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EMAC 2019 Annual Conference

Does Curiosity Make Consumers Less Critical? Effects of Ad-Induced Curiosity on Persuasion Knowledge and Counterarguing

Published: May 28, 2019


Verena Hüttl-Maack, University of Hohenheim; Jana Daume, University of Hohenheim


curiosity; persuasion knowledge; counterarguing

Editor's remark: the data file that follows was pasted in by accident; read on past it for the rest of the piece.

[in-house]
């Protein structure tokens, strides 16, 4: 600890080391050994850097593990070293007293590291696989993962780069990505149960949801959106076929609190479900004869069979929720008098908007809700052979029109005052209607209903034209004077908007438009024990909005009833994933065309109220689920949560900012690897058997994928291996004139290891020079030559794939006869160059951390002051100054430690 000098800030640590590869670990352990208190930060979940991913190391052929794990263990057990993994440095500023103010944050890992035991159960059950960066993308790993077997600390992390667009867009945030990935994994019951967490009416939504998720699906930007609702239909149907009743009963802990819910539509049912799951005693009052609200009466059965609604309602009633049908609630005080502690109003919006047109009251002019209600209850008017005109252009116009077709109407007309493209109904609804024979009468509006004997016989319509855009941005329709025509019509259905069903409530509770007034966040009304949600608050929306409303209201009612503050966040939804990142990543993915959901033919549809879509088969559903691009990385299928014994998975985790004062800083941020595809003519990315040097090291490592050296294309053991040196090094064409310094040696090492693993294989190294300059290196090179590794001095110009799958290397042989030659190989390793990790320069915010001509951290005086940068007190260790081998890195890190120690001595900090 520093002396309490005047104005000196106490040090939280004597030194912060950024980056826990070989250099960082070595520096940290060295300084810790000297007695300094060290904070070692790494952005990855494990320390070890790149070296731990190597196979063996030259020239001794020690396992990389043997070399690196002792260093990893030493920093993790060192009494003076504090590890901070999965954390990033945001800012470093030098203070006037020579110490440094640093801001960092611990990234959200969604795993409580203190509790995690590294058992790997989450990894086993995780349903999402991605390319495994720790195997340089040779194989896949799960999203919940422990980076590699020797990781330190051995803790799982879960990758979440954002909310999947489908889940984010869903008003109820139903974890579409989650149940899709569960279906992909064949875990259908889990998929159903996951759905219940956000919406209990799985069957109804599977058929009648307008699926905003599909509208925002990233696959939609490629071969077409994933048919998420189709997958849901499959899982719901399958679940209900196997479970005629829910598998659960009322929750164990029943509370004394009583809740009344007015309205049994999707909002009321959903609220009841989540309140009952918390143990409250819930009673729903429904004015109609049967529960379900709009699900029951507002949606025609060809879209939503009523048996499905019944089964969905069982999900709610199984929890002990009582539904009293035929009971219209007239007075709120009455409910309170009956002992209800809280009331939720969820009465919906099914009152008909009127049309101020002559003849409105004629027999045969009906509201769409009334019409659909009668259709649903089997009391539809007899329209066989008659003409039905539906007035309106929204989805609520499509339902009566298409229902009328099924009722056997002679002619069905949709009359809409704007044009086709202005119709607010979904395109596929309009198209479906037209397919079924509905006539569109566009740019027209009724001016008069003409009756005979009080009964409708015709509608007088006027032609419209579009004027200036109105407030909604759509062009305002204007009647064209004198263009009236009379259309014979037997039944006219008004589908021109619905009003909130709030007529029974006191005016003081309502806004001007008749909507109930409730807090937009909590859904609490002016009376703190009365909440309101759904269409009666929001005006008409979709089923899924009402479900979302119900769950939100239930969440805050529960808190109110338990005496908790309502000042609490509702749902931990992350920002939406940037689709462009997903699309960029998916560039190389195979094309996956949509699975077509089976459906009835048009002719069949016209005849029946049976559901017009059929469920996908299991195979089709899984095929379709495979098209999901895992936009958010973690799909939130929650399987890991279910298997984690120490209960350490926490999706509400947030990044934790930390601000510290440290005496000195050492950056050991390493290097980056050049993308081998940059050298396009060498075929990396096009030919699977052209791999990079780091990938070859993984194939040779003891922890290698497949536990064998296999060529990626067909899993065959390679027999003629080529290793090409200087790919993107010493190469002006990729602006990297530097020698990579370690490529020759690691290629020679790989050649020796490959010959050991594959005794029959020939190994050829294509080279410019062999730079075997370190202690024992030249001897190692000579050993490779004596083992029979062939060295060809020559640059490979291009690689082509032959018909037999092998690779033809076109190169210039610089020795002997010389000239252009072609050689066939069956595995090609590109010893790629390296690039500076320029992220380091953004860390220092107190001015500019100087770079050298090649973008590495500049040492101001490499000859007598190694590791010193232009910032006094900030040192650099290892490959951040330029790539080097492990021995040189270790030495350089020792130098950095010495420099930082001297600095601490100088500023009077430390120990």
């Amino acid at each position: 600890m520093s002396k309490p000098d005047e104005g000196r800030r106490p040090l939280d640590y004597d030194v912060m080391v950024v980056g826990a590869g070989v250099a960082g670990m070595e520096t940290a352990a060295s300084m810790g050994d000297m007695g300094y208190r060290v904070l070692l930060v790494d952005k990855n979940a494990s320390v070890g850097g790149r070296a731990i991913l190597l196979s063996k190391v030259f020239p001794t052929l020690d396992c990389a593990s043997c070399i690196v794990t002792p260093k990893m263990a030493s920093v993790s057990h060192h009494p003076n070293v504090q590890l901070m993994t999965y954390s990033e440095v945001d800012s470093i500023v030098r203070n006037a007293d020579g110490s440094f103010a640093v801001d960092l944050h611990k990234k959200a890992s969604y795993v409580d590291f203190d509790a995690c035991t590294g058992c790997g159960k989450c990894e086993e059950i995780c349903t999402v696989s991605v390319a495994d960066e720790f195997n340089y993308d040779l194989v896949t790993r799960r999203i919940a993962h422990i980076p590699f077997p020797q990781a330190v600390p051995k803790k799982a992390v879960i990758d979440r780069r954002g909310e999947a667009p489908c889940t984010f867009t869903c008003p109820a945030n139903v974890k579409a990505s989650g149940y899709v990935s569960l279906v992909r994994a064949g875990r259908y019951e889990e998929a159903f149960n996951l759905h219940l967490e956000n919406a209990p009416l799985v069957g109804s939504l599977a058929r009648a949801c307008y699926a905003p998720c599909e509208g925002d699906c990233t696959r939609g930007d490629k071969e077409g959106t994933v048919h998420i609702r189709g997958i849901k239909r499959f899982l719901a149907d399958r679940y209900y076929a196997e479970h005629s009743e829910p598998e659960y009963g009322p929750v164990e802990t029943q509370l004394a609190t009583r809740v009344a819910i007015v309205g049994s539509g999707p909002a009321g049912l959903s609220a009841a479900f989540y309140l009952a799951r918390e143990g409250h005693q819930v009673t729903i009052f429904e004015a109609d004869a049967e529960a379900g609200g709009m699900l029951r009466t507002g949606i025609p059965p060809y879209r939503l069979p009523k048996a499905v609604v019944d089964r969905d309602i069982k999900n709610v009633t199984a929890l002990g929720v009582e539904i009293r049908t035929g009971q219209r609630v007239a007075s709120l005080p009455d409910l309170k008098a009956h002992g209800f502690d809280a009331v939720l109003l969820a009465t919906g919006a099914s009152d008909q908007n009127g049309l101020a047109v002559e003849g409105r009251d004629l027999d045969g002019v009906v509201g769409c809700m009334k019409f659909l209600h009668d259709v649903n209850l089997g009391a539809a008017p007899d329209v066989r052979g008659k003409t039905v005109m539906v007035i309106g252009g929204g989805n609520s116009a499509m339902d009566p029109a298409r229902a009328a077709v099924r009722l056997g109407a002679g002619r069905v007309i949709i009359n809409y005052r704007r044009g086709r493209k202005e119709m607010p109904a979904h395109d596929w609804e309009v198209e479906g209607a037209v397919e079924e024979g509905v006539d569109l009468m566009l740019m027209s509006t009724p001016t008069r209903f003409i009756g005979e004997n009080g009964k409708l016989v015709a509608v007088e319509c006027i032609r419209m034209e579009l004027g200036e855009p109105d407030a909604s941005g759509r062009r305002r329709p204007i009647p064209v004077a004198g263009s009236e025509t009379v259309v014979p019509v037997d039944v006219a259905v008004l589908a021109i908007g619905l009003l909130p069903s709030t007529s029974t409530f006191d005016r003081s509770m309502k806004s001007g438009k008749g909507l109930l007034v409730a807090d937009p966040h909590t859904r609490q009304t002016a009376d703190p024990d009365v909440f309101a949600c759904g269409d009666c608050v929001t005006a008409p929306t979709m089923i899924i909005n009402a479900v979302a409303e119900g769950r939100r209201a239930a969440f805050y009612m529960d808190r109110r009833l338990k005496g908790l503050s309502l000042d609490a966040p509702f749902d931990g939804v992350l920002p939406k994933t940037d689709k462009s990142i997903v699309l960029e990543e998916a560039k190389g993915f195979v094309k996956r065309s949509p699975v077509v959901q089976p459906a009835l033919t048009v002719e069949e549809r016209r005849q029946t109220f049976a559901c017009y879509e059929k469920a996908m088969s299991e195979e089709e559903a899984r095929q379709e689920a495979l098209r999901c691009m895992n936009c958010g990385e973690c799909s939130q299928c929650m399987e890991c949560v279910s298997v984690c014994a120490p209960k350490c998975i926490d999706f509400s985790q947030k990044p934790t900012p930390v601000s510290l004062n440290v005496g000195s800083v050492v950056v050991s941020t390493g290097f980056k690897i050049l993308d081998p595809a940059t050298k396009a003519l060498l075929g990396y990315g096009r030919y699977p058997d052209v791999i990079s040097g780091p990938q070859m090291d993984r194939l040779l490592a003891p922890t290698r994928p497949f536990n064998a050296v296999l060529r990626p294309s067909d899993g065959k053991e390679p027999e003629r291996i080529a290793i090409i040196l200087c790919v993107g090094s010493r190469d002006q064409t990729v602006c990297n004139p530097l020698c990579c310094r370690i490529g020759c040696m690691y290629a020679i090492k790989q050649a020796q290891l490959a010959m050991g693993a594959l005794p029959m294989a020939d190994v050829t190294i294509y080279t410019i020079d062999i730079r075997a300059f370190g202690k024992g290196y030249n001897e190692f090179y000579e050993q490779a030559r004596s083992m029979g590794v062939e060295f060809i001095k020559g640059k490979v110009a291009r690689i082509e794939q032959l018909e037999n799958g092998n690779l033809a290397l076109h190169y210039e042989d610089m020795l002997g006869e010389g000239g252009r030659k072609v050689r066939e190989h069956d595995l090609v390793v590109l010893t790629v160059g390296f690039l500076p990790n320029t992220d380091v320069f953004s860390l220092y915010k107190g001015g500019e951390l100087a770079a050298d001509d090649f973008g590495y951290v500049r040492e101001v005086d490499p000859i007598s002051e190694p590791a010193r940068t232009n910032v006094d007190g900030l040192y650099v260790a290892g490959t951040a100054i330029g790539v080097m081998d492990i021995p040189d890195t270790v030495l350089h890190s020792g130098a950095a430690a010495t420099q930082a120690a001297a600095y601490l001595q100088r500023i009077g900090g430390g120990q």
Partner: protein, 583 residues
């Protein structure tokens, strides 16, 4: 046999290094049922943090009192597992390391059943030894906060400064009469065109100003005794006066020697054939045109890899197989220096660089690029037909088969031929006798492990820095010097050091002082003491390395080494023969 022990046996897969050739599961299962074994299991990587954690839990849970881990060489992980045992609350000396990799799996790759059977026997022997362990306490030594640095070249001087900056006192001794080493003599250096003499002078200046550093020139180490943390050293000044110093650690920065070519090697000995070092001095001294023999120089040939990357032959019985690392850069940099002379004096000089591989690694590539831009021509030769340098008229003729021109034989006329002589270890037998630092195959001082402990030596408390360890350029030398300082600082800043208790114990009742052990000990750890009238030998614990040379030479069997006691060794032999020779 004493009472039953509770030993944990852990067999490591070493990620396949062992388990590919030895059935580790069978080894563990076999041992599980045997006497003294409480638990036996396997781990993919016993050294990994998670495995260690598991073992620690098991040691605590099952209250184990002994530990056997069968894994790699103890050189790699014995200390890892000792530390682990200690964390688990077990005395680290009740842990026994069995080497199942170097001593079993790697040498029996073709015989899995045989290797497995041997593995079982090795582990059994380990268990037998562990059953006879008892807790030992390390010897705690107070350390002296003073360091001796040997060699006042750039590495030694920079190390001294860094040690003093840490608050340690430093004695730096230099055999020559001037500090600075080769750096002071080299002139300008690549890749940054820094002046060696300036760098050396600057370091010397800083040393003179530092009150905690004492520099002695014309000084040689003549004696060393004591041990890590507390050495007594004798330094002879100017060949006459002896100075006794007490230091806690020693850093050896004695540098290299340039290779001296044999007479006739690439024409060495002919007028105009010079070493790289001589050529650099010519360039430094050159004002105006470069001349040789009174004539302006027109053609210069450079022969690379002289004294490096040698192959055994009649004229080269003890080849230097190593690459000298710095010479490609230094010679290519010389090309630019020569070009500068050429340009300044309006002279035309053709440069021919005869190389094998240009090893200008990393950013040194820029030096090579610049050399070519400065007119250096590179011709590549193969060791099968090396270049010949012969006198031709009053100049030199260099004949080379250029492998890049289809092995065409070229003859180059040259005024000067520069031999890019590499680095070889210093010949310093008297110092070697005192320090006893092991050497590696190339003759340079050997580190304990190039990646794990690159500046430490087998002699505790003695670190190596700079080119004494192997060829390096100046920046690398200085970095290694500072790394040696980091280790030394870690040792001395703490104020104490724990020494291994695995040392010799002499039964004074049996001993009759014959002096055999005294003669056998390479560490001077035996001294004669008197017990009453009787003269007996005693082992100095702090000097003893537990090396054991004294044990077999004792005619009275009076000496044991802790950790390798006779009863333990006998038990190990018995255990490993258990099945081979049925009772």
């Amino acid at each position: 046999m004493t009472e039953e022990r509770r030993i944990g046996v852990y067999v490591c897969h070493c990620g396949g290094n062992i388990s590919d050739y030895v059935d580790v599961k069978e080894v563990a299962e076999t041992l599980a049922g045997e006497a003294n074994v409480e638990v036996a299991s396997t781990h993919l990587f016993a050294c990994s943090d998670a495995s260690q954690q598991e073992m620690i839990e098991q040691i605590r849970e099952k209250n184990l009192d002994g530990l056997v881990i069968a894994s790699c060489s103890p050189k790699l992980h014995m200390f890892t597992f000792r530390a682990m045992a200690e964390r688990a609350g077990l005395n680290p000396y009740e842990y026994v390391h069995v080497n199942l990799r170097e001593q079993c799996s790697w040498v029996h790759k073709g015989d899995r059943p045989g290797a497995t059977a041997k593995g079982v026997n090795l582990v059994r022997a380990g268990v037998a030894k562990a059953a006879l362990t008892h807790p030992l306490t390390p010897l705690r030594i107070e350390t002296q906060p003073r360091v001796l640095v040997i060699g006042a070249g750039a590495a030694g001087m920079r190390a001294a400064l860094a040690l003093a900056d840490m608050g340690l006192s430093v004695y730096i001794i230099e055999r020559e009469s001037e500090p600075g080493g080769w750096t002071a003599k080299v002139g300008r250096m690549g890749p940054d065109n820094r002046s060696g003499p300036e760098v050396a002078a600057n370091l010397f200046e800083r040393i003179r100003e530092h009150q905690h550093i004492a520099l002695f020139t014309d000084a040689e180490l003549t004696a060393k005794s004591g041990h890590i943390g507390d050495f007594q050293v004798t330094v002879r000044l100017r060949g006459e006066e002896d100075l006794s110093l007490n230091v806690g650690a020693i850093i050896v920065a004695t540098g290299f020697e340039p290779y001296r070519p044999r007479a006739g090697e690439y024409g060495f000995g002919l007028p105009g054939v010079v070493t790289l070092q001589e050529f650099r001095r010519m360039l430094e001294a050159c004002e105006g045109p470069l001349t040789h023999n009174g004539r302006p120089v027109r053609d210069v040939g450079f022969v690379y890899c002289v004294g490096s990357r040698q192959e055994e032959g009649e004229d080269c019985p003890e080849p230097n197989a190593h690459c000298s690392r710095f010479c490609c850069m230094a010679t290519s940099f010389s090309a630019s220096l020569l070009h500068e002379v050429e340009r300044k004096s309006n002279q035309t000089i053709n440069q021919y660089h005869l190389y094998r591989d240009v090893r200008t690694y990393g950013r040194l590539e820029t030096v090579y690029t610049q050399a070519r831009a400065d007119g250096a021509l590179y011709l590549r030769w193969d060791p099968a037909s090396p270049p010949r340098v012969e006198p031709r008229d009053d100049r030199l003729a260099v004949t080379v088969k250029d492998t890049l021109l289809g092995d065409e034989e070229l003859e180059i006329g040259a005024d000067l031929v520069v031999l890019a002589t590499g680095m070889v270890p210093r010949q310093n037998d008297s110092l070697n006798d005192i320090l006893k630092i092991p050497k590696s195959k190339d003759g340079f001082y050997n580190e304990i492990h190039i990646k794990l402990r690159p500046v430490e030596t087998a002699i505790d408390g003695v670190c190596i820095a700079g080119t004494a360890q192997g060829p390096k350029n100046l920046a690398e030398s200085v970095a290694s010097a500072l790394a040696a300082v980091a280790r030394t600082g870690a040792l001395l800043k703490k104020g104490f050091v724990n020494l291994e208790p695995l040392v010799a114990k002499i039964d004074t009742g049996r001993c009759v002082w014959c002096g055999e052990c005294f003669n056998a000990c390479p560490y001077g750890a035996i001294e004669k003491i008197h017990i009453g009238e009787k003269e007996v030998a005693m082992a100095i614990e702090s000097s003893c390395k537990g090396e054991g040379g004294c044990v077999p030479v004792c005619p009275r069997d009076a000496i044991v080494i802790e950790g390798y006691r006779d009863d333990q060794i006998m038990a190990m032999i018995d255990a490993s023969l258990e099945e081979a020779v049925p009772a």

Previous findings suggest that curious people process information more thoroughly and intensely, based on which, one could argue that a curiosity-evoking advertisement will foster more analytical processing and result in a more critical consumer response toward a persuasive message. However, we postulate that the opposite is true and argue that a curiosity trigger will distract consumers’ attention away from the persuasion attempt, which leads to a less critical consumer response and a more favorable attitude toward the advertised product. We present two experimental studies. The first demonstrates that curiosity induced by an ad leads to a decreased level of persuasion knowledge, and this effect is independent of the favorability of the offer. The second indicates that curiosity leads to fewer counterarguments generated by consumers, which mediates its positive effect on attitude and purchase intention.